Skip to comments.What Are You Reading Now? - My Quarterly Thread
Posted on 07/07/2011 12:57:12 PM PDT by MplsSteve
Hi everyone! I hope your 4th of July was a good one.
it's time again for my quarterly "What Are You Reading Now?" thread. As you know, I consider Freepers to be among the most well-read of those of us on the Internet and I like to see what other Freepers are reading these days.
It can be anything - a classic novel, a trashy pulp romance, a technical journal, etc. Please do not deile this thread by posting "I'm reading this thread". it became very unfunny a long time ago.
I'll start. I'm just finishing "Chancellorsville 1863: The Souls of the Brave" by Ernest Furgurson. It's OK. Nothing to rave about though.
Well, what are you reading now? Let's hear about it!
The Pale Horse, by Agatha Christie
The Man Who Was Thursday, by G. K. Chesterton
Life among the Lutherans, by Garrison Keillor
A new “Clan of the Cave Bear” book... I wonder if this is the one where Ayla invents the electron microscope and the jet engine?? (sorry, couldn’t resist!!!)
I listened to “My Antonia” on CD a few years ago, after it was discussed on a FR thread, and then went on to read as many of Cather’s books as I could find in the library ... at least 8 so far. “O Pioneers!” is similar in theme, but a more direct narrative.
Vince Flynn (any title that can be begged/borrowed)
PS: keep him in your thoughts as he is being treated for cancer
Oh yay, I love this thread.
Just finished, I kid you not, “Gates of Fire,” which I’m sure was on my list from a previous book thread on FR.
That was a doozy. Not my usual genre. Very violent. But really a superlative book, I think I got myself an education, and I believe I know a lot more about Greek history, Sparta, and particularly Thermopolaye now.
Heh! The book has really lousy reviews on Amazon. I guess I missed book 5 and think I’ll probably miss this one too.
No shame in reading “Charlotte’s Web.” I was delighted to read all of Laura Ingalls Wilder’s books, and the Little Britches series, aloud to my kids. Along with many more. Much “children’s literature” is superior to the junk marketed to adults today.
(5th-6th time - I’m losing track...)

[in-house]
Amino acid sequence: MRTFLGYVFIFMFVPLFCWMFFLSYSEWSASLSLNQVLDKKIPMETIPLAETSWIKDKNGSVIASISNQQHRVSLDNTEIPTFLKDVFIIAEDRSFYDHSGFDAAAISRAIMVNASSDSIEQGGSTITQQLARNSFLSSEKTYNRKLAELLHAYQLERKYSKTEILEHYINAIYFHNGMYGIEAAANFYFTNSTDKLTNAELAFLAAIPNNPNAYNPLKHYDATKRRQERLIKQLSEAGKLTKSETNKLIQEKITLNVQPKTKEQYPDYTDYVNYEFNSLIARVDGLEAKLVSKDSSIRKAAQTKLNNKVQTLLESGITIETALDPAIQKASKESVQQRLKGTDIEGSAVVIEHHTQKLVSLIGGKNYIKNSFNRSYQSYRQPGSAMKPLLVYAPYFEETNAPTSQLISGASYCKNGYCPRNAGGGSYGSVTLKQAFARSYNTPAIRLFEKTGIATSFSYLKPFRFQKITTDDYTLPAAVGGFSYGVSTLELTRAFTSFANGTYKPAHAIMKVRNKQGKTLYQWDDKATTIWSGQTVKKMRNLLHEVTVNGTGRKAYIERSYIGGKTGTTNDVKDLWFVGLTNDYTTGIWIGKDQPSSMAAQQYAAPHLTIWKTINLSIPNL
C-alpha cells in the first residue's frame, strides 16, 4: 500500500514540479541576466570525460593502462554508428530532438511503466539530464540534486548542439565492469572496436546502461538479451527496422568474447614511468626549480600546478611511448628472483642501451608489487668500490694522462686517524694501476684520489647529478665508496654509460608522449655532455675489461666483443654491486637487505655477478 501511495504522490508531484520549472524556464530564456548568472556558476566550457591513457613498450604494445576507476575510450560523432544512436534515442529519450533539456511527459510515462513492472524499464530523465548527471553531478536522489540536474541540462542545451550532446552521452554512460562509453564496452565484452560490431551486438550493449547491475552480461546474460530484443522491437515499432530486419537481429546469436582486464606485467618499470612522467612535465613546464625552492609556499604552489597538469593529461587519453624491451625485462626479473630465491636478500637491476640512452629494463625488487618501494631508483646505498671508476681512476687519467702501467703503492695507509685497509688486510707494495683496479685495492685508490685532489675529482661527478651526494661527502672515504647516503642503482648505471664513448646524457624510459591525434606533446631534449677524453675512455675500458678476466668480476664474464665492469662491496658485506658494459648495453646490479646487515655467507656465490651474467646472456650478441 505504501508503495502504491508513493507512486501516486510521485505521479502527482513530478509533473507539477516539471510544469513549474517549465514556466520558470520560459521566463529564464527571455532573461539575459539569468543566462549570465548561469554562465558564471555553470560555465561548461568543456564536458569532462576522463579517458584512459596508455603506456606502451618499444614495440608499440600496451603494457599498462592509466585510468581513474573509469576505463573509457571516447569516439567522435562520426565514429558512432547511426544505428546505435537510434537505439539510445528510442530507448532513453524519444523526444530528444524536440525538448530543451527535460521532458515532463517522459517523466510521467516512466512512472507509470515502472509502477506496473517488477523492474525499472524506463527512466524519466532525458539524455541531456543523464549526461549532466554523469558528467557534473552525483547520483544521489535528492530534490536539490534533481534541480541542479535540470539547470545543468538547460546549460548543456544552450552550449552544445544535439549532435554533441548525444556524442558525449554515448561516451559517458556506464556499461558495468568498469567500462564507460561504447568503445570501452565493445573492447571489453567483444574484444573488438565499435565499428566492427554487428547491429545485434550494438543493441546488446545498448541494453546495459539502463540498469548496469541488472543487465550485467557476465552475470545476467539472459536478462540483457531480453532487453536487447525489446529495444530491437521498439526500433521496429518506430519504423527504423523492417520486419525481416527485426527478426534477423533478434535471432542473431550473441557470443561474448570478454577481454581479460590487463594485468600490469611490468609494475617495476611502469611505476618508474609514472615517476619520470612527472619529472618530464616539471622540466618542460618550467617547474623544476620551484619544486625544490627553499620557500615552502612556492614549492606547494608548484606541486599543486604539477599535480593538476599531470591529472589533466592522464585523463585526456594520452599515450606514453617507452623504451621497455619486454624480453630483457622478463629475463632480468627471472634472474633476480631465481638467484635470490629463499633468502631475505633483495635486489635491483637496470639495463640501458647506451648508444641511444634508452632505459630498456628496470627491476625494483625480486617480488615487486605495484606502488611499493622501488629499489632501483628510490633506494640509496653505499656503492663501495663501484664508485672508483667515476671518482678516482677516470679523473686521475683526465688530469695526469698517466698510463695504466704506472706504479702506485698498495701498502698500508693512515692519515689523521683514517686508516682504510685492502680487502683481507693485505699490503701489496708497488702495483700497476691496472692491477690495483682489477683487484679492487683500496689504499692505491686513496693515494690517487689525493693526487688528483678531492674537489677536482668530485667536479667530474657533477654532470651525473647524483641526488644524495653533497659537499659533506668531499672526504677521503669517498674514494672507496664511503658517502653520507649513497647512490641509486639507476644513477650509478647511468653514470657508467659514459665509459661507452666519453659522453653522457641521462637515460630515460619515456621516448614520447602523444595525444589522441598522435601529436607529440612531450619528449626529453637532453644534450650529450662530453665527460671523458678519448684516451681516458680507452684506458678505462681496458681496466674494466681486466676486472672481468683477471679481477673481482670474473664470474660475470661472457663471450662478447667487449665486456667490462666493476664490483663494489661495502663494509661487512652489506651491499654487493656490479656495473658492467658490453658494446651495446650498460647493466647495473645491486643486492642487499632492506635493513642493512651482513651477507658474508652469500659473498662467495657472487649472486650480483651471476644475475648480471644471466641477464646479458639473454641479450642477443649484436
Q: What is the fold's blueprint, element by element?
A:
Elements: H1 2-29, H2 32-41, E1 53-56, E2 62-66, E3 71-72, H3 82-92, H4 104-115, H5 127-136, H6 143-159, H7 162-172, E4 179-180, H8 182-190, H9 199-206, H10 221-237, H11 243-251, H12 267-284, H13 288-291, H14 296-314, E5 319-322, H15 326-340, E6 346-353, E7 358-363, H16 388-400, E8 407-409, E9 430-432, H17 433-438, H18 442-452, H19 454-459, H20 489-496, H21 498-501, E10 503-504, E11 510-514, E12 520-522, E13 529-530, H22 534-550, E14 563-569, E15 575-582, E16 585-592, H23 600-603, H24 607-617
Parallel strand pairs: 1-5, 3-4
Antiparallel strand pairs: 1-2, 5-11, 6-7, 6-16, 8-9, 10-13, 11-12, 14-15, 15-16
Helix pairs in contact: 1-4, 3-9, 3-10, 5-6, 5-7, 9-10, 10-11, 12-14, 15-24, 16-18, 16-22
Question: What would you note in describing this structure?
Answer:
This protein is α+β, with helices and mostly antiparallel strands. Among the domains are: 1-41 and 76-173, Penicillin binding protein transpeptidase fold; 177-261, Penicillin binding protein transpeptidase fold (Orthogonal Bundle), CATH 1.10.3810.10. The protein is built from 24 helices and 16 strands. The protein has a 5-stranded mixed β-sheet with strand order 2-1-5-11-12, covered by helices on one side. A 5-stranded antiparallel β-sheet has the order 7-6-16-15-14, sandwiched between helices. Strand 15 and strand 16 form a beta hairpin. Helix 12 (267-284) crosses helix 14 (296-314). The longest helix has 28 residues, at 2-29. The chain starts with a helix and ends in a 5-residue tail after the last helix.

“The Life and Campaigns of Lieut. Gen. T.J. (Stonewall) Jackson by R. L. Dabney D.D.”
All my sons read this for high school history. One of the years we do history I just have them read biographies of their choice and do book reports on them.
“No shame in reading “Charlotte’s Web..”
This is for child number 3... now, you think that since I read it twice before for the other two, I wouldn’t cry. I still cry.
“This is for child number 3... now, you think that since I read it twice before for the other two, I wouldnt cry. I still cry.”
There are some books that mess me up every time I read them. My breakdown during the annual reading of “The Best Christmas Pageant Ever” is legendary in my family.
GREAT read-aloud book.
I found “The Agony and the Ecstasy” in a used book store and am reading that one.
The Civil War by Shelby Foote
Re-reading James Clavell’s, “Shogun.” Read the book (weighed 3 or 4 pounds) about twenty years ago. Reading digitally on my iPad this time.
“Just finished re-reading the Harry Potter series, in preparation for viewing the final movie.”
I need to do that too. I started a couple of weeks ago with book 1 but stopped after #4. I should get going on 5,6, and 7. But it is summer and the pool is very distracting. So is the veggie garden. Gardening mags are about all I have been reading lately.
Best Civil War book every! Read it about ten years ago. Represents almost a year out of my life, but inspired me to take a week's vacation in Virginia just to visit Civil War battleground sites in Pennsylvania and Virginia.
I was saddened when Shelby Foote passed away in 2005 (at the age of 88), but what a tremendous legacy he left with his trilogy. While a Southerner through and through, Foote's historic account of the Civil War is probably the most fair and balanced.
I am currently reading the NIV Study Bible, The Wiersbe Bible Commentary and John MacArthur’s The Jesus You Can’t Ignore.